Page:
A New Deal for Social Security
This book traces Social Security from its inception to its current crisis, showing that the program's problems are the result of a fundamental flaw in its design. Social Security taxes are not saved or invested in any way. Instead, taxes paid by today's workers are used to pay benefits to today's retirees. Workers have to hope that when they retire another generation of workers will pay the taxes to provide their benefits. Like any pyramid scheme, this system cannot be sustained in the face of changing demographics.
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accumulated Administration African Americans American amount Andrew Samwick annuity assets billion budget capital Cato Institute Cato Institute Social chapter Chile Chilean contributions costs Crisis in Social deficit disability benefits discussed earns the average economic growth effect employees federal finance the transition fully funded system government bonds Ibid individual invested system investors labor Laurence Kotlikoff low-income workers Martin Feldstein ment Milton Friedman Moreover old-age pension paid pay-as-you-go pay-as-you-go system payroll tax Peter Ferrara Policy private option private retirement private system privately invested privatization of Social Privatizing Social Security promised benefits rate of return receive reduced result retirement accounts retirement age retirement benefits returns and benefits Roosevelt Secu Security trust funds Shipman social insurance Social Security Administration Social Security benefits Social Security Reform Social Security system Social Security taxes Social Security trust Social Security's spouse surplus survivors tax increase taxable trillion wages Washington William Shipman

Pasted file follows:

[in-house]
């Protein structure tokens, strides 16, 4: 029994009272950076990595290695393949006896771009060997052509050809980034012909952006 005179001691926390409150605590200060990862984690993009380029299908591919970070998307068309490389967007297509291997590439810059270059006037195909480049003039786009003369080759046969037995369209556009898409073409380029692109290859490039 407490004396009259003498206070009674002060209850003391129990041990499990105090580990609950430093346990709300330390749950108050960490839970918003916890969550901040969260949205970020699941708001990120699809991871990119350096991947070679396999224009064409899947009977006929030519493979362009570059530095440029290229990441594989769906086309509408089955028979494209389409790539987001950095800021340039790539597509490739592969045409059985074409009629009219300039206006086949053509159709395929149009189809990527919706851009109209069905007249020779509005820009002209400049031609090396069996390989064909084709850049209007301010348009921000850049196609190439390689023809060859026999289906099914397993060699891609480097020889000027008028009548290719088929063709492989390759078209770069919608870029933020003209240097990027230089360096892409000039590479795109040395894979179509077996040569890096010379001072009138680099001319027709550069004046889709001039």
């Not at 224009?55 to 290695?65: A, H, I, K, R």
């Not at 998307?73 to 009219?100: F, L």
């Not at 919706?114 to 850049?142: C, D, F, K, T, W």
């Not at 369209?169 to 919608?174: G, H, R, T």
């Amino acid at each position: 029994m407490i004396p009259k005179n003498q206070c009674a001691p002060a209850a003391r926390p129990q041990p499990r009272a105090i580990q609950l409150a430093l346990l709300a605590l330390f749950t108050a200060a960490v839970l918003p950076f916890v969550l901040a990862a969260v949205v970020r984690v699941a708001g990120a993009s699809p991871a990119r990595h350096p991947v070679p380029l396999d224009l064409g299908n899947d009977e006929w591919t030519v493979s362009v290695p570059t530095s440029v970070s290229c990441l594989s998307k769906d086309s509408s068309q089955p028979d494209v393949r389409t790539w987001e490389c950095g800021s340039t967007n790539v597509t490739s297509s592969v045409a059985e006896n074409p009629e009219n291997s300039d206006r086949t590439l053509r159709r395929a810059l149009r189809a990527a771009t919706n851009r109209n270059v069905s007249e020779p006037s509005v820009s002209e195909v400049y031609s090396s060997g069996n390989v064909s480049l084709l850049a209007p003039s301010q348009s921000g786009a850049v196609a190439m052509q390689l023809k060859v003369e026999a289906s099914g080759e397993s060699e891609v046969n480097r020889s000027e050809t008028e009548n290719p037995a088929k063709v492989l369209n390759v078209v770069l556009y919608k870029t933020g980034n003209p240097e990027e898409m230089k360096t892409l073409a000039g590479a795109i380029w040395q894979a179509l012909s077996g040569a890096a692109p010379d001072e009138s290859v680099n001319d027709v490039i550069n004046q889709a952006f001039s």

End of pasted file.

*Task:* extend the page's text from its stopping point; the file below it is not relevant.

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China in the New Millennium: Market Reforms and Social Development
James A. Dorn
Limited preview - 1998